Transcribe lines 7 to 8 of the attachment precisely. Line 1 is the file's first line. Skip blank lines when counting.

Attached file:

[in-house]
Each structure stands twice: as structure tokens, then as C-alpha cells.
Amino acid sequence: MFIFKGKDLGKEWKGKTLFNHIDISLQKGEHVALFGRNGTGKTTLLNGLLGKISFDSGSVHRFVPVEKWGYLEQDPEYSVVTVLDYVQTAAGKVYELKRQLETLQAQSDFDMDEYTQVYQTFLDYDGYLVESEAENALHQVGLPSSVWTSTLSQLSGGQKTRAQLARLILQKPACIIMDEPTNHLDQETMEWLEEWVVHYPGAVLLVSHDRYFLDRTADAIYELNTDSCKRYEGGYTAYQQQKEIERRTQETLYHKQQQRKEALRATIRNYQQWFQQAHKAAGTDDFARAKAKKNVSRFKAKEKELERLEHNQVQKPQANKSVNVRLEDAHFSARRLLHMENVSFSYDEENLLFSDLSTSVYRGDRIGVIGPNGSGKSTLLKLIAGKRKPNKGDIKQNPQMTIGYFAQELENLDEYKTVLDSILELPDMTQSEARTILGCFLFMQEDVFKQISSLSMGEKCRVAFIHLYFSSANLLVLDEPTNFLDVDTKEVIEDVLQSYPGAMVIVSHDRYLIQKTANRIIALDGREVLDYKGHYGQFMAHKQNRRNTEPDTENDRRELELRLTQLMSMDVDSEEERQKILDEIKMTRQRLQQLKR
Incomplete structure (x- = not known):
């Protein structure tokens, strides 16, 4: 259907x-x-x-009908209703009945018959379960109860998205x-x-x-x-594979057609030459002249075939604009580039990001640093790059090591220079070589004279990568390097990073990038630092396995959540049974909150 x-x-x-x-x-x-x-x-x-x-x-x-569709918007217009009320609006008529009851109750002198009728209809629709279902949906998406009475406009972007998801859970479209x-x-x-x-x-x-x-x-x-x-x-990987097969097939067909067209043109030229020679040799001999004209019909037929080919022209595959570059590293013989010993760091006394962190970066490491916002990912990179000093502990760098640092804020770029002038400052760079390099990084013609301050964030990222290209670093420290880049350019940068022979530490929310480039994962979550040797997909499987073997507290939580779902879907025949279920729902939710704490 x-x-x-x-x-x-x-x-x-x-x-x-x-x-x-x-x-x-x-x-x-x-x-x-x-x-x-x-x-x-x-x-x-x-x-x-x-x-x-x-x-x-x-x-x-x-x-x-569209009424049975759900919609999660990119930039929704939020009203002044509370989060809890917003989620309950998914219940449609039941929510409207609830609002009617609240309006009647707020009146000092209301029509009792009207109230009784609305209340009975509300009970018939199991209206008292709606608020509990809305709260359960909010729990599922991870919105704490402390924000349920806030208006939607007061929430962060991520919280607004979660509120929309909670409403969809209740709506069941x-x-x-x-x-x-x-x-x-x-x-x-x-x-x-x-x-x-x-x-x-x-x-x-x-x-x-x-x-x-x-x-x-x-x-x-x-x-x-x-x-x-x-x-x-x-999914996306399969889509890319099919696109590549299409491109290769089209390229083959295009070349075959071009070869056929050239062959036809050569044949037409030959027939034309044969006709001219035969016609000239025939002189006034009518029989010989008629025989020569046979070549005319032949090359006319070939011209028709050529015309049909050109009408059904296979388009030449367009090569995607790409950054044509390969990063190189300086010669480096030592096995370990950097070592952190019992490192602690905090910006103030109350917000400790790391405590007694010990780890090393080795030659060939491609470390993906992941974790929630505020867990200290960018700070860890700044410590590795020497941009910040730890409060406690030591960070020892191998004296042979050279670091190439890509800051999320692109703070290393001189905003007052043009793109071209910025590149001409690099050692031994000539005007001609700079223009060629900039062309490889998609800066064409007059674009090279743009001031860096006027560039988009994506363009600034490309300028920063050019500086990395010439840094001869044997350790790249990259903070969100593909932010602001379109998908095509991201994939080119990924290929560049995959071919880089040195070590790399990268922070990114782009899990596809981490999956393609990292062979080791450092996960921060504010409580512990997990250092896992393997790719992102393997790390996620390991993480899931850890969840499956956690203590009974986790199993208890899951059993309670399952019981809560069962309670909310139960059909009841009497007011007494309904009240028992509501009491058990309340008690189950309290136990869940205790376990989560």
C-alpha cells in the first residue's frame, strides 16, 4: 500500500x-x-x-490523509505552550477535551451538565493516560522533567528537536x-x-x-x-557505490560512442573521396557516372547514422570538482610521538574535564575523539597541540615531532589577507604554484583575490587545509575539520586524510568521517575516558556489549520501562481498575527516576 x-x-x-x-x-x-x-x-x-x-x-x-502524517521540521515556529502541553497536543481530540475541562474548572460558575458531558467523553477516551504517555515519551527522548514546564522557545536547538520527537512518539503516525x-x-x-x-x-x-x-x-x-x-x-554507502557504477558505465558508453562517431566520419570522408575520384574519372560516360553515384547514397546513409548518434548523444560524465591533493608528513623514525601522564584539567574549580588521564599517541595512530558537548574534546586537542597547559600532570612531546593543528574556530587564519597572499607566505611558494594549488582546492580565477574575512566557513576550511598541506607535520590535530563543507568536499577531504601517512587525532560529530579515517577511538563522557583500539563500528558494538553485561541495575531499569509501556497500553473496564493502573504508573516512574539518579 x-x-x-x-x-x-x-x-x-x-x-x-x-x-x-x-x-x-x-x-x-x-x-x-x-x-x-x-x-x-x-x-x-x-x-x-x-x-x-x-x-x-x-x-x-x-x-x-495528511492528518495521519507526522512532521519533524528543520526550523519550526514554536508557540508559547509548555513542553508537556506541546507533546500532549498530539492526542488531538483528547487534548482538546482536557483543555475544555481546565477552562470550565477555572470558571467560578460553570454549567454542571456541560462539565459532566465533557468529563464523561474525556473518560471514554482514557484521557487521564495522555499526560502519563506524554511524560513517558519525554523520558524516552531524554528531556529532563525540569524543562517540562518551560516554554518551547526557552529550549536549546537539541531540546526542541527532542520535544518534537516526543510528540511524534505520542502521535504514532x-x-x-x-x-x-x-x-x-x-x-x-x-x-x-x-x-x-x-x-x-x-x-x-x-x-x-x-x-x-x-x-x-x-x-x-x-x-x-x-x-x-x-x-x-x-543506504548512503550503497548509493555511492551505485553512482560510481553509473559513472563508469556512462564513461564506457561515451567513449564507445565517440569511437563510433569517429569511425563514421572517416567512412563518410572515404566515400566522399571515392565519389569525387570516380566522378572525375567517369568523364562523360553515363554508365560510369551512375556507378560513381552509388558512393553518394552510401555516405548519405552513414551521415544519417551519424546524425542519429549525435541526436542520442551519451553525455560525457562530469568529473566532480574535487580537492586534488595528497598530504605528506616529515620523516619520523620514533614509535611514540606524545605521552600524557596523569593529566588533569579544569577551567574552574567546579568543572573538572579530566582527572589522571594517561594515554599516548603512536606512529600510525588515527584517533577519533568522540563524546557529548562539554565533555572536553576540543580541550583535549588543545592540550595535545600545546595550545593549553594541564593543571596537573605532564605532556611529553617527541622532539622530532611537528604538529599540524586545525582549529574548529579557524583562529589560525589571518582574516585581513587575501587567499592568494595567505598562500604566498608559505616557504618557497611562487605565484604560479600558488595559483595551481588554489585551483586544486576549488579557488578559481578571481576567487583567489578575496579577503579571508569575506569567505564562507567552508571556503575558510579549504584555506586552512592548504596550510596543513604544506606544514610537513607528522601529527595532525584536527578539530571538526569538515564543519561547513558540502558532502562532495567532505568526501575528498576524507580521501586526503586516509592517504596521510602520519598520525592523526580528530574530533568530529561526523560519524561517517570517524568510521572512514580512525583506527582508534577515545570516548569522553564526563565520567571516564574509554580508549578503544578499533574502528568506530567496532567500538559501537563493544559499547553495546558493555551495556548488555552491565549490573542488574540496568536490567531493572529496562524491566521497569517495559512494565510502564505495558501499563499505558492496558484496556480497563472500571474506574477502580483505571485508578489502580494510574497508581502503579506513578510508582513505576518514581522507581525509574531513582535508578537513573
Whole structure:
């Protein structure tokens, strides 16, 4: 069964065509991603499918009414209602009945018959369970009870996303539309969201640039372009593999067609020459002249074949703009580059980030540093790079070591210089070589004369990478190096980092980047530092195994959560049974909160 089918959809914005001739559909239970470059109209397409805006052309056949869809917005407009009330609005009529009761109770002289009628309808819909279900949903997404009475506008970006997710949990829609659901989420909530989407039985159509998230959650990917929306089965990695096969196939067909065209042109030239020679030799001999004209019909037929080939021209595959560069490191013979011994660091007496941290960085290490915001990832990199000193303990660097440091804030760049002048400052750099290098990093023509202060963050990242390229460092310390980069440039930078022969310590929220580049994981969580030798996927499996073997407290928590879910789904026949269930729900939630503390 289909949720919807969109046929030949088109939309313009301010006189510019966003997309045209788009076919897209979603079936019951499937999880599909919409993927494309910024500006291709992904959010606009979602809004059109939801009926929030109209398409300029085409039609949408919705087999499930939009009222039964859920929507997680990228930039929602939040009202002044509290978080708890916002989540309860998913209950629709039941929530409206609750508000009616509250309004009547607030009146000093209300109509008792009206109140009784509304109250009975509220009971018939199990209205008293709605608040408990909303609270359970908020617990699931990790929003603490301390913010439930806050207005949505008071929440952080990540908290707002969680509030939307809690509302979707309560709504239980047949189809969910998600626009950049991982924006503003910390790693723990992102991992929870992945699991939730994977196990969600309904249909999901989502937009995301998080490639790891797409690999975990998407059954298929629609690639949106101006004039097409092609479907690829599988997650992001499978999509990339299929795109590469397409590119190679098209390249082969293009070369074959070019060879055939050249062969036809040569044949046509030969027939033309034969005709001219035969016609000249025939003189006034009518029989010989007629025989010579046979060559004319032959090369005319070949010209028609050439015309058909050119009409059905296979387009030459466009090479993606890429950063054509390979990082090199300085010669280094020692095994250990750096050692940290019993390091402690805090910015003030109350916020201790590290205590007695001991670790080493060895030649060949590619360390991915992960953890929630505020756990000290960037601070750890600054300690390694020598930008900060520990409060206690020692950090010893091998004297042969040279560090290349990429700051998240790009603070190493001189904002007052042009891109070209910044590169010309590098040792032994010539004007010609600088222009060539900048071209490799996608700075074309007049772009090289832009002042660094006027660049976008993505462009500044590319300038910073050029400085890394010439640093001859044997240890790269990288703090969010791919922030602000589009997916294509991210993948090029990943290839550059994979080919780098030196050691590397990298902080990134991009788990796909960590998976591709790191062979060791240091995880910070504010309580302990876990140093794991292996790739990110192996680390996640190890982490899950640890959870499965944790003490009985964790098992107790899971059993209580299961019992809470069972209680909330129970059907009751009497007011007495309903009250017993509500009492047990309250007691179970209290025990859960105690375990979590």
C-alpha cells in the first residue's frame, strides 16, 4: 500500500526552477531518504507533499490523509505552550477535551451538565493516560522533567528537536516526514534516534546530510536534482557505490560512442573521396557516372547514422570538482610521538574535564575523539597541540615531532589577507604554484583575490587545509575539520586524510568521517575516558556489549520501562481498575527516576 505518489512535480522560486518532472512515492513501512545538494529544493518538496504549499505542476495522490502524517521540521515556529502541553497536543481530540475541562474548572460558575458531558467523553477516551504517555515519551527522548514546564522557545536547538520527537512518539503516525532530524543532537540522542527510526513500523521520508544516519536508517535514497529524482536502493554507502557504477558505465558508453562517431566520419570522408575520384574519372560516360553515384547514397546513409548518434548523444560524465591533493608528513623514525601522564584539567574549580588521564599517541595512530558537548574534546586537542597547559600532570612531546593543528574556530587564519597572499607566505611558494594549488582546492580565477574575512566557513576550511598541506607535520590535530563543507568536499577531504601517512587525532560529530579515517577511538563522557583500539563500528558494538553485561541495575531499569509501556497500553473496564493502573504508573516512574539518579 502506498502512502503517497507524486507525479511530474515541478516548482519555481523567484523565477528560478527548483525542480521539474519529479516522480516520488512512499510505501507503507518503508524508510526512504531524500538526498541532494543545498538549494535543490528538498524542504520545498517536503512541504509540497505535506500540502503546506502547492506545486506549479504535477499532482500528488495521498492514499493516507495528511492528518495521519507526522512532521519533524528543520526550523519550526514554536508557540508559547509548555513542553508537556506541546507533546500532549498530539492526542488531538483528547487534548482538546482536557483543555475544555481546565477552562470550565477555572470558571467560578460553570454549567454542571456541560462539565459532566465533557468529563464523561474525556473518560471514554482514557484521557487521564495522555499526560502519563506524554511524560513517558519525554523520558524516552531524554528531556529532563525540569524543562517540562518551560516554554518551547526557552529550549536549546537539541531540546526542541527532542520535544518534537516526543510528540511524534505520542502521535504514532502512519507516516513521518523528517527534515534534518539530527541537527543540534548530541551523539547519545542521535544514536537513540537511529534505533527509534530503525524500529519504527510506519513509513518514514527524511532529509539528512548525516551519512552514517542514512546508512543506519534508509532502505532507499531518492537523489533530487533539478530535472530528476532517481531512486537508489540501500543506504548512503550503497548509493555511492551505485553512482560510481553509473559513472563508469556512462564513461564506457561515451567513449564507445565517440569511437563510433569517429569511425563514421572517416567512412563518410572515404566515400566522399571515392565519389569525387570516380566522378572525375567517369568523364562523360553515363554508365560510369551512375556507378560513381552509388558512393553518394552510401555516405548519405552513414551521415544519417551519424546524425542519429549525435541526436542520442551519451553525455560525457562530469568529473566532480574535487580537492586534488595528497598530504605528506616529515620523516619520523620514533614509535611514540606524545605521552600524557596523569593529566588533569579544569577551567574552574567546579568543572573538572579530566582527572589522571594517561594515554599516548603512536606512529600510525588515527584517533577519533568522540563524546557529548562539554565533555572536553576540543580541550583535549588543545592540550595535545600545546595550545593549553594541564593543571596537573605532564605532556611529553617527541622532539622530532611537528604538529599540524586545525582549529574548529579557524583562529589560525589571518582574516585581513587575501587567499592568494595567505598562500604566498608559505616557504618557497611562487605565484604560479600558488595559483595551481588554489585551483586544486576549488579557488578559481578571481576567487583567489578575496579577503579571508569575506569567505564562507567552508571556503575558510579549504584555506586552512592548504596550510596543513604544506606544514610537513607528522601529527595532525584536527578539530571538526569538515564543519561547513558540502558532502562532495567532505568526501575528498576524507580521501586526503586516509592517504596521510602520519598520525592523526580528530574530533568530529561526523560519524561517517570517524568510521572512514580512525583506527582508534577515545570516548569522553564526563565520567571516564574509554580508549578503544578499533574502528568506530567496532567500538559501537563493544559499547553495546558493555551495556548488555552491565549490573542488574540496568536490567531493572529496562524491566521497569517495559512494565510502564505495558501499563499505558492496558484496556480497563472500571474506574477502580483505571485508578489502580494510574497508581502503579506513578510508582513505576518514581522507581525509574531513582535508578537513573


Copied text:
Whole structure:
């Protein structure tokens, strides 16, 4: 069964065509991603499918009414209602009945018959369970009870996303539309969201640039372009593999067609020459002249074949703009580059980030540093790079070591210089070589004369990478190096980092980047530092195994959560049974909160 089918959809914005001739559909239970470059109209397409805006052309056949869809917005407009009330609005009529009761109770002289009628309808819909279900949903997404009475506008970006997710949990829609659901989420909530989407039985159509998230959650990917929306089965990695096969196939067909065209042109030239020679030799001999004209019909037929080939021209595959560069490191013979011994660091007496941290960085290490915001990832990199000193303990660097440091804030760049002048400052750099290098990093023509202060963050990242390229460092310390980069440039930078022969310590929220580049994981969580030798996927499996073997407290928590879910789904026949269930729900939630503390 289909949720919807969109046929030949088109939309313009301010006189510019966003997309045209788009076919897209979603079936019951499937999880599909919409993927494309910024500006291709992904959010606009979602809004059109939801009926929030109209398409300029085409039609949408919705087999499930939009009222039964859920929507997680990228930039929602939040009202002044509290978080708890916002989540309860998913209950629709039941929530409206609750508000009616509250309004009547607030009146000093209300109509008792009206109140009784509304109250009975509220009971018939199990209205008293709605608040408990909303609270359970908020617990699931990790929003603490301390913010439930806050207005949505008071929440952080990540908290707002969680509030939307809690509302979707309560709504239980047949189809969910998600626009950049991982924006503003910390790693723990992102991992929870992945699991939730994977196990969600309904249909999901989502937009995301998080490639790891797409690999975990998407059954298929629609690639949106101006004039097409092609479907690829599988997650992001499978999509990339299929795109590469397409590119190679098209390249082969293009070369074959070019060879055939050249062969036809040569044949046509030969027939033309034969005709001219035969016609000249025939003189006034009518029989010989007629025989010579046979060559004319032959090369005319070949010209028609050439015309058909050119009409059905296979387009030459466009090479993606890429950063054509390979990082090199300085010669280094020692095994250990750096050692940290019993390091402690805090910015003030109350916020201790590290205590007695001991670790080493060895030649060949590619360390991915992960953890929630505020756990000290960037601070750890600054300690390694020598930008900060520990409060206690020692950090010893091998004297042969040279560090290349990429700051998240790009603070190493001189904002007052042009891109070209910044590169010309590098040792032994010539004007010609600088222009060539900048071209490799996608700075074309007049772009090289832009002042660094006027660049976008993505462009500044590319300038910073050029400085890394010439640093001859044997240890790269990288703090969010791919922030602000589009997916294509991210993948090029990943290839550059994979080919780098030196050691590397990298902080990134991009788990796909960590998976591709790191062979060791240091995880910070504010309580302990876990140093794991292996790739990110192996680390996640190890982490899950640890959870499965944790003490009985964790098992107790899971059993209580299961019992809470069972209680909330129970059907009751009497007011007495309903009250017993509500009492047990309250007691179970209290025990859960105690375990979590």